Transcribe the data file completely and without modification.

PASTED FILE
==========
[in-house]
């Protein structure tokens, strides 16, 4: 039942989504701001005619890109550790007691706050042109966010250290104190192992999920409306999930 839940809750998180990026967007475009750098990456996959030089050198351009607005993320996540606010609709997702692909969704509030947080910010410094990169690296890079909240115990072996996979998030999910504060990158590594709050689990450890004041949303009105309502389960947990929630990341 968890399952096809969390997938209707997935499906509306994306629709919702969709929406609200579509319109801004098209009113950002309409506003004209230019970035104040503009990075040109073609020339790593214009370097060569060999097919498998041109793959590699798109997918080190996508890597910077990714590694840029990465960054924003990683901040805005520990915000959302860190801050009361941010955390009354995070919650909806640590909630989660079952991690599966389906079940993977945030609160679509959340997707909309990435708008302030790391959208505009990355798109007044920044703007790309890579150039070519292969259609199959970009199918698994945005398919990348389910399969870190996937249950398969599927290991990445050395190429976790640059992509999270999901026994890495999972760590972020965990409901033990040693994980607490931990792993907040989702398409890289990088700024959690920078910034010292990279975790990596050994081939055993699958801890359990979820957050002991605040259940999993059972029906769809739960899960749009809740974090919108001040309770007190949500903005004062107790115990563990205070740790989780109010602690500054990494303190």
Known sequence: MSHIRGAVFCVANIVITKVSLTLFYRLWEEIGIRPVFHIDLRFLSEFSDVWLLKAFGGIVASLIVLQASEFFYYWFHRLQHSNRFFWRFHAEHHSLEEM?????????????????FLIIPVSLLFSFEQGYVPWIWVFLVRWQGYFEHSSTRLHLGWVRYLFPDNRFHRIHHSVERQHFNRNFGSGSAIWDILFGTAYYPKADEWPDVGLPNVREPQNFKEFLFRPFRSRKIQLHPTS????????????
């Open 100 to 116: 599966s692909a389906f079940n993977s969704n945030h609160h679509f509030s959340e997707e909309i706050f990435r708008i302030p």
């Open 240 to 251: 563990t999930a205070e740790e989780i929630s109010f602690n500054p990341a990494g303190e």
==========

[in-house]
């Protein structure tokens, strides 16, 4: 039942989504701001005619890109550790007691706050042109966010250290104190192992999920409306999930 839940809750998180990026967007475009750098990456996959030089050198351009607005993320996540606010609709997702692909969704509030947080910010410094990169690296890079909240115990072996996979998030999910504060990158590594709050689990450890004041949303009105309502389960947990929630990341 968890399952096809969390997938209707997935499906509306994306629709919702969709929406609200579509319109801004098209009113950002309409506003004209230019970035104040503009990075040109073609020339790593214009370097060569060999097919498998041109793959590699798109997918080190996508890597910077990714590694840029990465960054924003990683901040805005520990915000959302860190801050009361941010955390009354995070919650909806640590909630989660079952991690599966389906079940993977945030609160679509959340997707909309990435708008302030790391959208505009990355798109007044920044703007790309890579150039070519292969259609199959970009199918698994945005398919990348389910399969870190996937249950398969599927290991990445050395190429976790640059992509999270999901026994890495999972760590972020965990409901033990040693994980607490931990792993907040989702398409890289990088700024959690920078910034010292990279975790990596050994081939055993699958801890359990979820957050002991605040259940999993059972029906769809739960899960749009809740974090919108001040309770007190949500903005004062107790115990563990205070740790989780109010602690500054990494303190």
Known sequence: MSHIRGAVFCVANIVITKVSLTLFYRLWEEIGIRPVFHIDLRFLSEFSDVWLLKAFGGIVASLIVLQASEFFYYWFHRLQHSNRFFWRFHAEHHSLEEM?????????????????FLIIPVSLLFSFEQGYVPWIWVFLVRWQGYFEHSSTRLHLGWVRYLFPDNRFHRIHHSVERQHFNRNFGSGSAIWDILFGTAYYPKADEWPDVGLPNVREPQNFKEFLFRPFRSRKIQLHPTS????????????
């Open 100 to 116: 599966s692909a389906f079940n993977s969704n945030h609160h679509f509030s959340e997707e909309i706050f990435r708008i302030p």
């Open 240 to 251: 563990t999930a205070e740790e989780i929630s109010f602690n500054p990341a990494g303190e």